Law firm demand for federal clerks is growing. So are bonuses

  • Susman Godfrey offering $125,000 bonus to associate hires with one federal clerkship
  • The firm, which exclusively hires associates with federal or state supreme court clerkships, faces increased competition for fresh attorney talent

(Reuters) – A federal clerkship is an ever-more valuable credential on a new lawyer’s resume, with a handful of specialized litigation and trial law firms bolstering the one-time bonuses they pay to hires who have spent a year or more in judges’ chambers.

Susman Godfrey, a 140-attorney Texas-based trial firm, said Tuesday that it will pay a $125,000 bonus to new associates with a yearlong clerkship under their belts, and $150,000 to those with two or more years of federal clerk experience. That’s up from $105,000 and $125,000 depending on experience.

Co-managing partner Vineet Bhatia said Tuesday that spending a year or more with a judge provides “invaluable guidance” to new associates.

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“We find it’s a significant benefit to their legal writing and analysis, and to their exposure to legal disputes,” said Bhatia, noting that Susman Godfrey only hires associates with a federal clerkship or state supreme court clerkship.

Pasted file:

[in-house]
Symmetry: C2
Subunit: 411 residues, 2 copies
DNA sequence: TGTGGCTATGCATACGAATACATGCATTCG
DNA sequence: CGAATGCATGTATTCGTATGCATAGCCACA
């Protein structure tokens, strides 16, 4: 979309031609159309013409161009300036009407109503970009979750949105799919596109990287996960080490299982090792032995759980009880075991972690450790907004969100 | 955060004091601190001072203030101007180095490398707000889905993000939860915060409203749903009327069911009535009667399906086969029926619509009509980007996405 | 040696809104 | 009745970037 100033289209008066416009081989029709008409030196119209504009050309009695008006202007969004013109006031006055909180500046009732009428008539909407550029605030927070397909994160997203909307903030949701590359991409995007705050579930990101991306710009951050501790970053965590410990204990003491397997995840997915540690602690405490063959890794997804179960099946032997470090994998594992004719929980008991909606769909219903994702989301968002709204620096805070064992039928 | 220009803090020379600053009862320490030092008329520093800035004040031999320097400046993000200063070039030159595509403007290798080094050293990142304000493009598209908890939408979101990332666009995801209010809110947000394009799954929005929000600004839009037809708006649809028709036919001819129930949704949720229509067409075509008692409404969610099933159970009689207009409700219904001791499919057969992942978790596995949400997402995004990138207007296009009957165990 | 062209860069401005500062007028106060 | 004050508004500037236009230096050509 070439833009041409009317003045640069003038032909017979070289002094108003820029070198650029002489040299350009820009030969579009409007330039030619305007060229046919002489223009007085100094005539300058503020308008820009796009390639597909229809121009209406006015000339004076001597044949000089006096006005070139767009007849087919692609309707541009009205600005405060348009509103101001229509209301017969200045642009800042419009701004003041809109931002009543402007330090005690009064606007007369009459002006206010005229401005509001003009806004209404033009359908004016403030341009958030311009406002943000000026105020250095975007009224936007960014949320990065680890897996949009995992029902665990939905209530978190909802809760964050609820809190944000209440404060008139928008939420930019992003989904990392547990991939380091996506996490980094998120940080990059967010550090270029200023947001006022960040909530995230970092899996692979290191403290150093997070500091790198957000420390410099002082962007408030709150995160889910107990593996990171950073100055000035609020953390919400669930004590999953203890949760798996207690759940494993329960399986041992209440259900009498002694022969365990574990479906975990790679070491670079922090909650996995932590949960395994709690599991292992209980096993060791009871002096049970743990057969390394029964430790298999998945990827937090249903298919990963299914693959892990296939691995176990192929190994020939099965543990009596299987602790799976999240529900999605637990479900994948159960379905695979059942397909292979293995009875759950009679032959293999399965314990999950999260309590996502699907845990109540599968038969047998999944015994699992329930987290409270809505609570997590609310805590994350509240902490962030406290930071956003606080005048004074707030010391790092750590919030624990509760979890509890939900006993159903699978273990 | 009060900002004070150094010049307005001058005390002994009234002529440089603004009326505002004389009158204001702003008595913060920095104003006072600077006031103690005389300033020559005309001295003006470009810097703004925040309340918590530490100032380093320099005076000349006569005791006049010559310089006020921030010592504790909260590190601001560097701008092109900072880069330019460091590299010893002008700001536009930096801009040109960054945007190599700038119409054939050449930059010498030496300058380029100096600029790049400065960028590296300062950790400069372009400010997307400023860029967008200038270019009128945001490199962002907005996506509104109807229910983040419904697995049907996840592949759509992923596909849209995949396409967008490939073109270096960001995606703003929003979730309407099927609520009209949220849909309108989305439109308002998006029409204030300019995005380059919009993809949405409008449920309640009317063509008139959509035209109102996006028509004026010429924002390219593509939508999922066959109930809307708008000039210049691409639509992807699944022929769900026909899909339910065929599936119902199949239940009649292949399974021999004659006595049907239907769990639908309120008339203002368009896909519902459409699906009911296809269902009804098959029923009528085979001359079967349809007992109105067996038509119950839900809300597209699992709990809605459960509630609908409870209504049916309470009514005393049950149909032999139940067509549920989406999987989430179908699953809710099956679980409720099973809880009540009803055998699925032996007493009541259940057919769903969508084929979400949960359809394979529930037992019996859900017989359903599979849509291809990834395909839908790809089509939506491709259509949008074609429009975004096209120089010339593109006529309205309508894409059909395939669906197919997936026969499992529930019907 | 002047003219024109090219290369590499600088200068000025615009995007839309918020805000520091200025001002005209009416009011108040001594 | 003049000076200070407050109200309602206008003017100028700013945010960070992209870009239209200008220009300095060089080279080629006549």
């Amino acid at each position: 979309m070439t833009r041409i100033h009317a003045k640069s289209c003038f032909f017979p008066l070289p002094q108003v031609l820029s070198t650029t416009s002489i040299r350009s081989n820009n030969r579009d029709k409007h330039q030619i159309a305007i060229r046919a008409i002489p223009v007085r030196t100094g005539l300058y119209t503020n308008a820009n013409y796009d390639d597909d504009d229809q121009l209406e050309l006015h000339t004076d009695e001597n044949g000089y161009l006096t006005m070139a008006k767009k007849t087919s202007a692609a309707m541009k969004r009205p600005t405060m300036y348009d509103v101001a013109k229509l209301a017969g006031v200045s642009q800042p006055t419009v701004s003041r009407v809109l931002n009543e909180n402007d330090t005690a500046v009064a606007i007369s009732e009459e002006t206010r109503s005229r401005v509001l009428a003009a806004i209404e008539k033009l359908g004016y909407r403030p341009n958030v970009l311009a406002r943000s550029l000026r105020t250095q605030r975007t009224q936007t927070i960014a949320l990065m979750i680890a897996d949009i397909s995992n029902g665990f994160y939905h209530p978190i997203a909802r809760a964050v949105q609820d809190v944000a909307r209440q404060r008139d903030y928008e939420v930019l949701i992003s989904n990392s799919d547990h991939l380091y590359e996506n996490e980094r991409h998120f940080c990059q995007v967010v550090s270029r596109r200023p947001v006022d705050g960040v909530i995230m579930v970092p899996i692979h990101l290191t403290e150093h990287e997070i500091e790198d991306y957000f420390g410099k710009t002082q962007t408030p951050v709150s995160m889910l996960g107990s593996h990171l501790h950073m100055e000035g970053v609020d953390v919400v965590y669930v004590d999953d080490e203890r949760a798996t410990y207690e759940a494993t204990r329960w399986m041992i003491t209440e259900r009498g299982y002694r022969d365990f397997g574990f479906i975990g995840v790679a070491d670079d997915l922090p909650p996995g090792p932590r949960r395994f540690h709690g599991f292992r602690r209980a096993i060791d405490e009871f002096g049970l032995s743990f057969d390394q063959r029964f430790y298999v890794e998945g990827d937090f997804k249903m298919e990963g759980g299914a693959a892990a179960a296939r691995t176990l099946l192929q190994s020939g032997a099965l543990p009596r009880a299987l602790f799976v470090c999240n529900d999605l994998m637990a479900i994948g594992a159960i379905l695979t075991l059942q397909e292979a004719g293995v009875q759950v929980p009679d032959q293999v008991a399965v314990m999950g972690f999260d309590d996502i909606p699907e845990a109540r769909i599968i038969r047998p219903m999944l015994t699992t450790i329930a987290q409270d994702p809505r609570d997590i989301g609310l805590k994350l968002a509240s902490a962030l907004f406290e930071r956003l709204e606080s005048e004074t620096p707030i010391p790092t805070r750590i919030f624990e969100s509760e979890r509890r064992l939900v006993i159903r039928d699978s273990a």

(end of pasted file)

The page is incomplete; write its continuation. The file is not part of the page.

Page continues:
Susman Godfrey’s new clerkship bonus structure brings it in line with California litigation firm Hueston Hennigan, which raised its clerkship bonus last month. Founding partner John Hueston said Tuesday that federal clerks bring “a developed sense of judgment and honed writing skills” to the firm.

Trial firm Robins Kaplan offers a $100,0000 bonus to federal clerks, while boutique litigation firm Selendy Gay Elsberg pays $75,000 to associates with one federal clerkship and $100,000 to those with two.

Clerkship bonuses tend to hover around $50,000 at large corporate law firms, with some exceptions. Boies Schiller Flexner in March raised its clerkship bonus to $110,000. Litigation giant Quinn Emanuel Urquhart & Sullivan offers a $105,000 bonus to associates who have completed one federal clerkship and $125,000 to those with two clerkships.

Some firms offer significantly higher bonuses to U.S. Supreme Court clerks, with payouts reaching $400,000 or more.

Just 3% of the J.D. class of 2020 landed federal clerkships, according to recent data from the American Bar Association. And a small cohort of top law schools supply the bulk of federal clerks each year, with the University of Chicago Law School; Stanford Law School; and Yale Law School posting the highest percentage of recent graduates working as federal clerks this year.

More firms are prioritizing federal clerk hiring these days, according to Bhatia.

“Now that there is significant competition for clerks, if we are only hiring from that more limited pool of people, we felt it was necessary to increase our clerkship bonus so that we can attract top-tier talent,” he said.

Read more:

University of Chicago Law is on a federal clerkship hot streak

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